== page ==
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The next day we drove all the way home (11 hours). Here’s the windmills. In this area the ranches advertise wind, beef, and something else I can’t remember. Natural gas, maybe?

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Total that’s 30 hours of driving. The good thing is that we only spent a total of like 2 hours fixing the vehicle we were driving, and we weren’t even on the side of the road, we were in relatives’ driveways.

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Moral of the story: Don’t promise to visit relatives in Texas, expecting that you will fix your broken truck and be able to tow stuff back, then not fix your truck and decide maybe you should fly, then check ticket prices and realize that three weeks before Thanksgiving is not a good time to buy tickets, and decide that driving sounds better after all unless you want to get burned out on road trips for several months. The effects still haven’t worn off. Still, got to meet one more of Ken’s cousins and see almost all of his dad’s side of the family.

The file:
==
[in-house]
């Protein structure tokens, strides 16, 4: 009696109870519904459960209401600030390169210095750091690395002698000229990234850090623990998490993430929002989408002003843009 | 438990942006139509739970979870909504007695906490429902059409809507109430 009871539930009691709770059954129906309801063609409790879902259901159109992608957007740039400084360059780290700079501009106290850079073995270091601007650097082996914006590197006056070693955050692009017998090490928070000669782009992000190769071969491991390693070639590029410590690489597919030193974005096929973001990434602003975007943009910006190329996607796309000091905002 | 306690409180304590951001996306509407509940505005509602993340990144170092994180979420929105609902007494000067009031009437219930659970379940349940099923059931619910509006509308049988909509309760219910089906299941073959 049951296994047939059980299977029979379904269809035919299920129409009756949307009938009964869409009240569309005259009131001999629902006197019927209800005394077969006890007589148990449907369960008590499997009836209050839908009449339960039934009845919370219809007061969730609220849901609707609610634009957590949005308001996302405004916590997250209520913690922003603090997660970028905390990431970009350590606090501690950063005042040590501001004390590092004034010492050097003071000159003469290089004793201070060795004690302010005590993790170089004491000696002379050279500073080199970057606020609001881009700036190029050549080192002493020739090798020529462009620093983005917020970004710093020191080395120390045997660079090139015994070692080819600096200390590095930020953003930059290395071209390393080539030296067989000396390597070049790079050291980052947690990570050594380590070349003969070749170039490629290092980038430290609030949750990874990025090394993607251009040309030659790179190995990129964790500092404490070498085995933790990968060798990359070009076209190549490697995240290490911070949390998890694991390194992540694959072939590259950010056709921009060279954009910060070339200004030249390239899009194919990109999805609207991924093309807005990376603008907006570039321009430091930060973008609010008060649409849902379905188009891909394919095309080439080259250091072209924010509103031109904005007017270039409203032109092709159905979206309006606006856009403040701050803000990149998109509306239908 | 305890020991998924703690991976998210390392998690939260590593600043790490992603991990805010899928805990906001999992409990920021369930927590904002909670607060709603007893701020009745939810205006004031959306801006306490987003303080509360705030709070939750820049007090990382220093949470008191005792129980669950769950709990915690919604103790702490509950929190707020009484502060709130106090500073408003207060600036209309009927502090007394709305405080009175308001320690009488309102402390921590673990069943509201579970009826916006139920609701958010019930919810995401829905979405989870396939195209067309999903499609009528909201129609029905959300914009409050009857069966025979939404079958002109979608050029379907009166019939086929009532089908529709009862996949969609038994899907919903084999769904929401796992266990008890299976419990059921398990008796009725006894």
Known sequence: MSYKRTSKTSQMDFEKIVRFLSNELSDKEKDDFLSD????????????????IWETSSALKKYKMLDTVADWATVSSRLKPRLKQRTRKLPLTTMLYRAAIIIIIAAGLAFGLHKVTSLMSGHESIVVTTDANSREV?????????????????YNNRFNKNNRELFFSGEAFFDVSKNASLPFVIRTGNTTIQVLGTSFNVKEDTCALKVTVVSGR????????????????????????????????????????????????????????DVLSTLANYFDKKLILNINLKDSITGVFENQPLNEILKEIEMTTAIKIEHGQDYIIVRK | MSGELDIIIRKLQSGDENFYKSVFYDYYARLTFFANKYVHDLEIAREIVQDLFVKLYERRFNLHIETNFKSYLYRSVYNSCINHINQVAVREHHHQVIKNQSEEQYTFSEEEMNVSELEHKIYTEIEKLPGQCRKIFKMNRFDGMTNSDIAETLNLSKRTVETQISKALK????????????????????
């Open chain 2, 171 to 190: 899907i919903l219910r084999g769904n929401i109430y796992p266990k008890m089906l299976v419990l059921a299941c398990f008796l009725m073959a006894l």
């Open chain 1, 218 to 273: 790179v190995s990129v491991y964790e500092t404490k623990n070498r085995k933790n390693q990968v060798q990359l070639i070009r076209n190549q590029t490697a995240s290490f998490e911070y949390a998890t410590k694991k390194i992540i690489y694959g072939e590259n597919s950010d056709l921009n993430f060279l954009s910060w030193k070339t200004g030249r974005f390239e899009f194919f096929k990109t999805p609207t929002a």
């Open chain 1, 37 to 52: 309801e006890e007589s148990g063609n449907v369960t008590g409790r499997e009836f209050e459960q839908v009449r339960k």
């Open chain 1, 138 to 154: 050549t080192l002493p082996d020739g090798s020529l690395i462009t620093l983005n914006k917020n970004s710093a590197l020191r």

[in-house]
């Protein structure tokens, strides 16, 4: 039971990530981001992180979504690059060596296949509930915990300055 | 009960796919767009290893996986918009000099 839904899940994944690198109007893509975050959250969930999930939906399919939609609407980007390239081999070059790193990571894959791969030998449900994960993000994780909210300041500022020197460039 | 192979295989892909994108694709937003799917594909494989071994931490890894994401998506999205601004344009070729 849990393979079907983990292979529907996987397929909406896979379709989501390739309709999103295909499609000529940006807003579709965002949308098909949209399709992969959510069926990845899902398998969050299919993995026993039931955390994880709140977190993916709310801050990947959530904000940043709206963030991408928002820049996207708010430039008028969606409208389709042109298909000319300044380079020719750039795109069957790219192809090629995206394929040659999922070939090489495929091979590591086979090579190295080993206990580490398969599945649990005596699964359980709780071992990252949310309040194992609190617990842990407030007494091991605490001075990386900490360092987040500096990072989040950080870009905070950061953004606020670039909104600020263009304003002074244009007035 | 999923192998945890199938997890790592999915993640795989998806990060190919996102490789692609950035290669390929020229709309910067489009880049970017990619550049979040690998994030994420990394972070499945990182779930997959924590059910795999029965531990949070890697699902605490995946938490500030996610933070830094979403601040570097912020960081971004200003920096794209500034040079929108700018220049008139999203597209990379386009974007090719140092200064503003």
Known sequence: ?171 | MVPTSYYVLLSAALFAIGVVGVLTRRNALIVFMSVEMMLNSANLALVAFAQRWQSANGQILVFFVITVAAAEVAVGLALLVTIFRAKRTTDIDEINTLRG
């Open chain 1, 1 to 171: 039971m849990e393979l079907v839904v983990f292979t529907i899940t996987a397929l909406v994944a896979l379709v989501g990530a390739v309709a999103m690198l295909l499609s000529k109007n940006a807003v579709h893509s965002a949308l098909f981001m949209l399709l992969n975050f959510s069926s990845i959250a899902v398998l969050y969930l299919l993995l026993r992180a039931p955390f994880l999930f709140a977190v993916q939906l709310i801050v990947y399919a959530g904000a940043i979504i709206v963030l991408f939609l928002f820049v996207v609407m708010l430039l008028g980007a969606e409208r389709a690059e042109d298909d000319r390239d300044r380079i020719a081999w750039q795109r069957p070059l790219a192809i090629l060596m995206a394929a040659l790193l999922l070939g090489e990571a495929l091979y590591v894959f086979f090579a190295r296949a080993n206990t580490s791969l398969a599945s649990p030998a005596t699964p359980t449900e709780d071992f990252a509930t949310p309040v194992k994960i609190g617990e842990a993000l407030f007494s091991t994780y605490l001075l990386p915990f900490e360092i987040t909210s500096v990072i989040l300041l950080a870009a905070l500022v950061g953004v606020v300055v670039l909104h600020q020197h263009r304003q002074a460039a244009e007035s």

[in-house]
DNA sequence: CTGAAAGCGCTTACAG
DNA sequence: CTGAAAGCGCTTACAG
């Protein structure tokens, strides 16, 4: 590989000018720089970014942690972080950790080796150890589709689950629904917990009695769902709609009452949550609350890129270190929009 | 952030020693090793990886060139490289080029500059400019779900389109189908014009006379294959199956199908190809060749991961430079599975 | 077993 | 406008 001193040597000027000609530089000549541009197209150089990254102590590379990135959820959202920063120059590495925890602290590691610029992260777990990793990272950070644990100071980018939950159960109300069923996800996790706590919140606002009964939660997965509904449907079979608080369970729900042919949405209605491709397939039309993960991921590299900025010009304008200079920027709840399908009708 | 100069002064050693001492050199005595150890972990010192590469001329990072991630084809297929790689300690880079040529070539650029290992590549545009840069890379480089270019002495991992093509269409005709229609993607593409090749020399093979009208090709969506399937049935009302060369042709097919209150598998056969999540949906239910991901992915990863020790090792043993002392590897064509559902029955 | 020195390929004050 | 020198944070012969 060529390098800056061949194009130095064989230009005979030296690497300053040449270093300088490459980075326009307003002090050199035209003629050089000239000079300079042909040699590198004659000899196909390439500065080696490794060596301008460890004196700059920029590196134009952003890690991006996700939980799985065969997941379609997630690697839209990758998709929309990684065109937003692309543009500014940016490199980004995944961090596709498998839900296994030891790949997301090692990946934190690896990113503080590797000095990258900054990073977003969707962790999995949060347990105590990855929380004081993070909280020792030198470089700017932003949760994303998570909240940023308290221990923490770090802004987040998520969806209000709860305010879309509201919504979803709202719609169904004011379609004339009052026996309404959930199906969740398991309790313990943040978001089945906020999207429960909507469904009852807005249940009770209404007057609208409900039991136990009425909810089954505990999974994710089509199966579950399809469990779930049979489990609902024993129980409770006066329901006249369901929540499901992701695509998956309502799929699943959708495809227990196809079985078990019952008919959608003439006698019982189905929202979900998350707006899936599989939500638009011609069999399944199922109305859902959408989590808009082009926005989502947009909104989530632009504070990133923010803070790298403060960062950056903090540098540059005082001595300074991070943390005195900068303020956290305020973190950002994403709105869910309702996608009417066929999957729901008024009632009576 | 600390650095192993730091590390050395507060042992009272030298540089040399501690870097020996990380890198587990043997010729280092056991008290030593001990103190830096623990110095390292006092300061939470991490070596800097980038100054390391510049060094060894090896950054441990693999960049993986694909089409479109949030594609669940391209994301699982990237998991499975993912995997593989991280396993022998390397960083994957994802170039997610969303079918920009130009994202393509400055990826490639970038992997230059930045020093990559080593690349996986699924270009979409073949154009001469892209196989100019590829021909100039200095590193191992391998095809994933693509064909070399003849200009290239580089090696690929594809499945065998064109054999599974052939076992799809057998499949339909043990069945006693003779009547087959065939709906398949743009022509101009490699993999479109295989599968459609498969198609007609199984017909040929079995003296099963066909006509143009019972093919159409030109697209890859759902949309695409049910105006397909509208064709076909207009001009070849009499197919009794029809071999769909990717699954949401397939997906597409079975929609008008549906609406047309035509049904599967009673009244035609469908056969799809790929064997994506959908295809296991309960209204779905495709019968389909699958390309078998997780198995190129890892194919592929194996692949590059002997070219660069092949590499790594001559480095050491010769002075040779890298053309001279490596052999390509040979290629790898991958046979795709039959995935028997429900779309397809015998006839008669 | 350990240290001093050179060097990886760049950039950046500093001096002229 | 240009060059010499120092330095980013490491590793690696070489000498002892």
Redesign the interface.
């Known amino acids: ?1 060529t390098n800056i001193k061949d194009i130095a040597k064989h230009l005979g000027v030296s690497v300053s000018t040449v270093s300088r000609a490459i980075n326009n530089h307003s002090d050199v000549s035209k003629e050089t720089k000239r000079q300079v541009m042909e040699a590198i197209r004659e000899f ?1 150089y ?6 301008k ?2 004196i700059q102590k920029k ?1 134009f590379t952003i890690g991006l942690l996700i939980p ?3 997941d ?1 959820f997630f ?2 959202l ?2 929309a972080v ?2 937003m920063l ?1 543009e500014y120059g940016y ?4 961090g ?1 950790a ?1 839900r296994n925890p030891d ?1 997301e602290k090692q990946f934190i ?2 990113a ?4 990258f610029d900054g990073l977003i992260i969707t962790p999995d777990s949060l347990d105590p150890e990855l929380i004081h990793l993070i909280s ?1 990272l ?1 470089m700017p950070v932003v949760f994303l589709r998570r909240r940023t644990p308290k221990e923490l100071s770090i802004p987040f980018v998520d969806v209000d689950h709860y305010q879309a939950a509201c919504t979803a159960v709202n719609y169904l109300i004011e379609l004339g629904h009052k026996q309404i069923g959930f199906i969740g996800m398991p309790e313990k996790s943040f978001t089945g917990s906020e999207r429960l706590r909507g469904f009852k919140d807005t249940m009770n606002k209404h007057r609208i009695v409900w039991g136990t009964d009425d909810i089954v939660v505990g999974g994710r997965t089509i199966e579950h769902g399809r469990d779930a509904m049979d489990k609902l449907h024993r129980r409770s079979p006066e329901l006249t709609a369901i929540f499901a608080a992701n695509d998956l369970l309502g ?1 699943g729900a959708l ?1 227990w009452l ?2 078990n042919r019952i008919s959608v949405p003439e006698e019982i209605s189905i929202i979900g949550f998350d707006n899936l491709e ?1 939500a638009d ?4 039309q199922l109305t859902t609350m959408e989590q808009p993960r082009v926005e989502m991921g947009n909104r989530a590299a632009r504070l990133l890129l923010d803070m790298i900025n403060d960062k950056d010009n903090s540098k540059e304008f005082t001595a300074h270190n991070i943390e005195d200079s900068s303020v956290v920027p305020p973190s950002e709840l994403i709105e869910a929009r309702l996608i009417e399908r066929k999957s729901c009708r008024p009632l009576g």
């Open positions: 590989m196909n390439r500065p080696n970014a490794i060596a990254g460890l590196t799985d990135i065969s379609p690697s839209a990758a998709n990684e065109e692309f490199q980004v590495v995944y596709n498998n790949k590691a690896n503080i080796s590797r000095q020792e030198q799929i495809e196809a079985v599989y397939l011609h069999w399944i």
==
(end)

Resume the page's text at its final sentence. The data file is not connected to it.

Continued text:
Goodbye NYC

I started my Sunday with a 5 mile run (aiming for Oct 19 half marathon, we’ll see…), just sort of went one way from the hotel, then back the other way. I ended up running by the United Nations building by accident, so that was kind of cool.

After I showered we hoofed it over to church at Redeemer Presbyterian, which was fun. Singing with Kristina and Lauren was a weekly part of my pretty much my whole life from age 0 to age 17 and it was nice to do it again. We then wandered in search of some lunch food before I had to head to my train to go home. We found a macaron shop along the way. I bought one, just to try it and it wasn’t my favorite. It was too sweet and kinda boring. They sure are pretty though!
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After lunch at a middle-eastern fast food place (delicious!), I bid farewell to my fellow travelers and took the subway to Penn Station and waited for my Amtrak train. Things that I will not miss about NYC: The crowds of people. Everywhere.
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I then took the Amtrak train to CT, a taxi to the airport, two planes to ABQ, then drove myself home from the airport at about 2AM eastern time. Whew.
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What a trip! The only thing that I would have liked to see but didn’t is the Natural History museum. As there is a Natural History Museum in Albuquerque which I haven’t been to yet, I don’t think this is a sufficient reason to desire to return to NYC. I had a fantastic time with two of my best friends and the consensus among us is that we’re glad we went, but we never need to return.